"Good intentions will always be pleaded for every assumption of authority ... the Constitution was made to guard against the dangers of good intentions. There are men in all ages who mean to govern well, but they mean to govern. They promise to be good masters, but they mean to be masters." - Noah Webster

"There is no worse tyranny than forcing a man to pay for what he does not want just because you think it would be good for him."
-- Robert A. Heinlein

Saturday, October 16, 2010

More on The Dehydrator

I previously posted about building a dehydrator/incubator here.  Turns out I didn't need to use it as an incubator because one of the hens went broody, and so now we have two new baby chicks.

Even yesterday, I placed a thermometer inside the box with just the acrylic cover on it, and the sun got the inside temperature up to over 120° F, even with the cool wind blowing around.  But until yesterday, I hadn't yet made the screen frames to make the box useful as a dehydrator.   That's what this post is all about.

Step one was to take several old scrap boards of 3/4" thickness and cut them into the pieces for the frames.  Precision cuts were not that important, so I simply used my left forefinger at the leading edge of the footplate on my DeWalt circular saw. (I hate when people don't use the proper names for tools, but that's the subject for another post.)  Now, I'm a firm believer in safety, and I like to wear gloves to prevent splinters.  Make sure that something like what you see in the first picture doesn't happen to you.

Anyway, trying to be efficient, I cut and assembled the first prototype frame and put it in the box to check my measurements and comfort in insertion and removal, and then I cut all the rest of the wood for the number of frames that I would assemble.  All of the long pieces are 20" and all the short pieces are 14".  More on that later.

 I had bought the 1/4" square hole screen at the same time that I bought the panel of foamboard.  I'm a little proud of myself for having calculated in my head to within a single square foot of how much screen I would need.  A 48" x 60" roll of screen (4' x 5') was just enough to make the 9 frames that comfortably fit in the box. I used angled tin snips to easily cut through the screen.  Then I realized that I wanted to fold over the short edges of the screens where they would be exposed to handling, thus preventing scratches.  This is most easily done before stapling the screen to the long members of the frames.

The gloves are really important for comfort here. Using one of the cut boards as a "brake" to start the fold, you crease the screen along the edge of the board as you see in the picture.  Once you've done this down the entire edge, then you can complete the fold without the board.

I used a standard manual staple gun to fasten the screens onto the long boards, trying to get each staple to straddle two strands of wire.  The staples were more than 1/2" deep, so I needed to tap them a little with a hammer to make them tight. This would be important when fastening the long boards over the short boards. You want the screen finish to be nice and taught.  In order to make sure of that, I didn't just drill my pilot holes straight down through the corners of the boards, but rather I drilled the holes at a slight angle, so that when the  screws drew tight, they would also pull the screen a little tighter.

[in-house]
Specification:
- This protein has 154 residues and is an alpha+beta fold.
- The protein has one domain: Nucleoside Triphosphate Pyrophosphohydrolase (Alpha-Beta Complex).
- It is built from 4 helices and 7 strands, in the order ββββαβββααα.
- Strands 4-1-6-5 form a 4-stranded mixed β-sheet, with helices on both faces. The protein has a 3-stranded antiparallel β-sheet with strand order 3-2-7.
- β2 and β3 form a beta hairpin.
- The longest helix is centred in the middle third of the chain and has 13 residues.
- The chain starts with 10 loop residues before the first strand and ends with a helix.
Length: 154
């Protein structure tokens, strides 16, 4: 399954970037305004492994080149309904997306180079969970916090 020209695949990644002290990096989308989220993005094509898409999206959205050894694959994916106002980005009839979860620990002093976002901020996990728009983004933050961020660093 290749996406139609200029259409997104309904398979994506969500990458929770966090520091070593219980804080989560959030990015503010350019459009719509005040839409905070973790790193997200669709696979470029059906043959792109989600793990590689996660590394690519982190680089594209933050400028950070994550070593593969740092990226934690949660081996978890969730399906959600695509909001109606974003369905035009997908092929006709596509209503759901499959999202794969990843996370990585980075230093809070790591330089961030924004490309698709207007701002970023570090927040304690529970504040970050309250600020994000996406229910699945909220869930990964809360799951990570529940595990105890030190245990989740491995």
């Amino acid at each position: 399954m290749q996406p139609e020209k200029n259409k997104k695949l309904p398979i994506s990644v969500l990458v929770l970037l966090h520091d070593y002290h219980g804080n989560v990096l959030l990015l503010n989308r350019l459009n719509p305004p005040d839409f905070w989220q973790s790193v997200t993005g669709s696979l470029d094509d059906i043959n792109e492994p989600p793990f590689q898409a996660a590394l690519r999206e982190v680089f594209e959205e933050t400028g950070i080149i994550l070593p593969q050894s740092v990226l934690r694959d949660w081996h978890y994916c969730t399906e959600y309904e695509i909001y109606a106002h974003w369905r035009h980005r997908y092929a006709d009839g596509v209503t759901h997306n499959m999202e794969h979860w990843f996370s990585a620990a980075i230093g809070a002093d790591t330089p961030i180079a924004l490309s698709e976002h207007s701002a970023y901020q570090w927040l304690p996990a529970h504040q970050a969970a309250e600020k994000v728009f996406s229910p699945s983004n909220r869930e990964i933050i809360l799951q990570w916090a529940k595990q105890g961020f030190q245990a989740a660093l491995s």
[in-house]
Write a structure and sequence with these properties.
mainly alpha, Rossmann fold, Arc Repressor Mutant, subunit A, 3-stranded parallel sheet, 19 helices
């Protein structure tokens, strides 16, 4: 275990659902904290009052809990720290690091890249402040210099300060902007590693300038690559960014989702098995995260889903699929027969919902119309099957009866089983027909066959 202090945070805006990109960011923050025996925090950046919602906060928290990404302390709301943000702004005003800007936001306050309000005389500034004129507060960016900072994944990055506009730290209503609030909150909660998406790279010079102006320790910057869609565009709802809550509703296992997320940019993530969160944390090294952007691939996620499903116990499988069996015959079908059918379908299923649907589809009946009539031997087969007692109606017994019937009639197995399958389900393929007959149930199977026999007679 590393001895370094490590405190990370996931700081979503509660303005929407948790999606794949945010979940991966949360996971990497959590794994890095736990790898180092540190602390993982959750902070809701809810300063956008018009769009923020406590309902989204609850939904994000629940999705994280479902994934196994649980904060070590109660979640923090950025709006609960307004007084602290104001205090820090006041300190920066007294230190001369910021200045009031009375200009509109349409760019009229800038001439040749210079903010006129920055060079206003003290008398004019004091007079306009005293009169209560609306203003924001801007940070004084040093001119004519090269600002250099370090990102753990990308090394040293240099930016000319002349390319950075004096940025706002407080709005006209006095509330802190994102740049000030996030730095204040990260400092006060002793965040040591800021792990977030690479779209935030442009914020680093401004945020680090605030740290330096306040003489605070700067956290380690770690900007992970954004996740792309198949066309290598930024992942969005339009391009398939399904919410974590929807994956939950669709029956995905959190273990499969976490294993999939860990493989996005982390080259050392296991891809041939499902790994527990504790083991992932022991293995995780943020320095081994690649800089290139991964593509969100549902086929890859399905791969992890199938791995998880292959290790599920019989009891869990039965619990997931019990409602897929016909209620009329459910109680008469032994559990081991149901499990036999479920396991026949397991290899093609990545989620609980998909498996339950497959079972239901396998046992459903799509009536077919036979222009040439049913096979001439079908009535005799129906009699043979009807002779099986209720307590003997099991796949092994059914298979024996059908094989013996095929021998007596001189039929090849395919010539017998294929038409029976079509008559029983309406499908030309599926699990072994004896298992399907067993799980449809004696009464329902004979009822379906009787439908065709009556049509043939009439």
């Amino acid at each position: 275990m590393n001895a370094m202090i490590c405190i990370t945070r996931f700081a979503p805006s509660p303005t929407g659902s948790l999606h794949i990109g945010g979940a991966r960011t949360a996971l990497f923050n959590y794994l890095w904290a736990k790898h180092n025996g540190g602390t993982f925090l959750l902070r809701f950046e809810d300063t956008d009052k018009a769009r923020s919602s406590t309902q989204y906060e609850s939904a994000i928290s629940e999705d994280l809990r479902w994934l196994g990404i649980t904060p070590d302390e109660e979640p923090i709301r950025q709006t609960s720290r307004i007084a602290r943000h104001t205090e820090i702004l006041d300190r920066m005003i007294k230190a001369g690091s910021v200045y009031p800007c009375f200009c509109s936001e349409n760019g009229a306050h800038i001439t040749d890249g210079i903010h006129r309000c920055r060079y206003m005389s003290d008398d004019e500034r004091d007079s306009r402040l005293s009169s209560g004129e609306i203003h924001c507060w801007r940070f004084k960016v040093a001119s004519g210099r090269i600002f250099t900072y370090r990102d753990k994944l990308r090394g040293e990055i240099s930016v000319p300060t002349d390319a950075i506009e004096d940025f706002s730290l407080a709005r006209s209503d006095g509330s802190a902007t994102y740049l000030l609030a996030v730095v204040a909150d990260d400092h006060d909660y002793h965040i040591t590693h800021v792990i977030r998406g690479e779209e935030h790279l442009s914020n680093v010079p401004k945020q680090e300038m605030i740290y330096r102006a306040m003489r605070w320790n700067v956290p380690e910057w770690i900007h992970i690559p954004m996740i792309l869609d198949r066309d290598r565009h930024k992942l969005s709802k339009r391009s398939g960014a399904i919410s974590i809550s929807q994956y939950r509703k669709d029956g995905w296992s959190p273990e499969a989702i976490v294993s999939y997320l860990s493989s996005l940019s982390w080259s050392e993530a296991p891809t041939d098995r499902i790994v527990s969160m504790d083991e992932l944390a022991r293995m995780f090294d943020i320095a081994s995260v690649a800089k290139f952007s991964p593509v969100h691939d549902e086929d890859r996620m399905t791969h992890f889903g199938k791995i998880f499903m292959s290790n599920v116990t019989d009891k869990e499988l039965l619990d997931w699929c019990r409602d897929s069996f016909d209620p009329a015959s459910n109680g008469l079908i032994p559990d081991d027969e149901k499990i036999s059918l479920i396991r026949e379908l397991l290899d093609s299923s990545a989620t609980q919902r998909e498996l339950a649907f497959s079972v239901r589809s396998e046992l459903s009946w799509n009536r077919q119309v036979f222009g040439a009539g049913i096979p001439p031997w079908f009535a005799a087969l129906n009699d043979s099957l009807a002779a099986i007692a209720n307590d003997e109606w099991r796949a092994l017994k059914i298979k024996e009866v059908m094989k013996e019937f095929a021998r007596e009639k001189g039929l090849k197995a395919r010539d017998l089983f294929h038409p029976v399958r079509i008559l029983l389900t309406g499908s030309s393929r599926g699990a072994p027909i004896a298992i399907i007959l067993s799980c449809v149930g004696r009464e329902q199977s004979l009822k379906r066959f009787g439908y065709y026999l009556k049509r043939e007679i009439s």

It may look like I'm drilling straight down in the picture, but I'm not.  I used weather proof deck screws to fasten all the corners together.   The opening of the box is 24" x 16" x 16" deep.  So, I wanted the frames to use the most space but still be easy to move in and out of the box.  So the frames needed to be  20" x 14".  That gives me two inches of gap on each end of the short ends of the box and an inch on each side of the long sides of the box.  By overlapping the long boards on top of the short boards, a gap of about 1½" is created between each screen, which should allow sufficient air circulation between layers of food being dehydrated.  You can see the horizontal gaps well with the frames stacked out of the box.

This work on the frames took about four hours, and that's because I was figuring it out and making decisions as I went along.  Such is the nature of prototyping and pattern making.  I will also admit that I have yet to discover what the effect will be with 9 fully loaded screens of food inside the box.  I'm sure that the temperature will not get as high as it would with the empty box, what with the absorption of heat by the food itself.  I may have to put spacers between the frames and decrease the number.  It could also be that the temperature will simply rise much slower but still get up to a rather high level.  I will have to monitor it carefully and I'm sure that I can adjust the temperature by how much of an air gap under the clear acrylic sheet on top.  I'm chomping at the bit for Sunday, so I can slice up some apples and start the test drive. Can't do it today because it's Shabbat.  But I will try to remember to come back to this and let you know about the results.
Moxie did not appear too impressed seeing the finished products in the box.  She is too interested playing the grand protector of the chicken realm.

She proved herself quite well yesterday as Twyla reports over at Green Acres.

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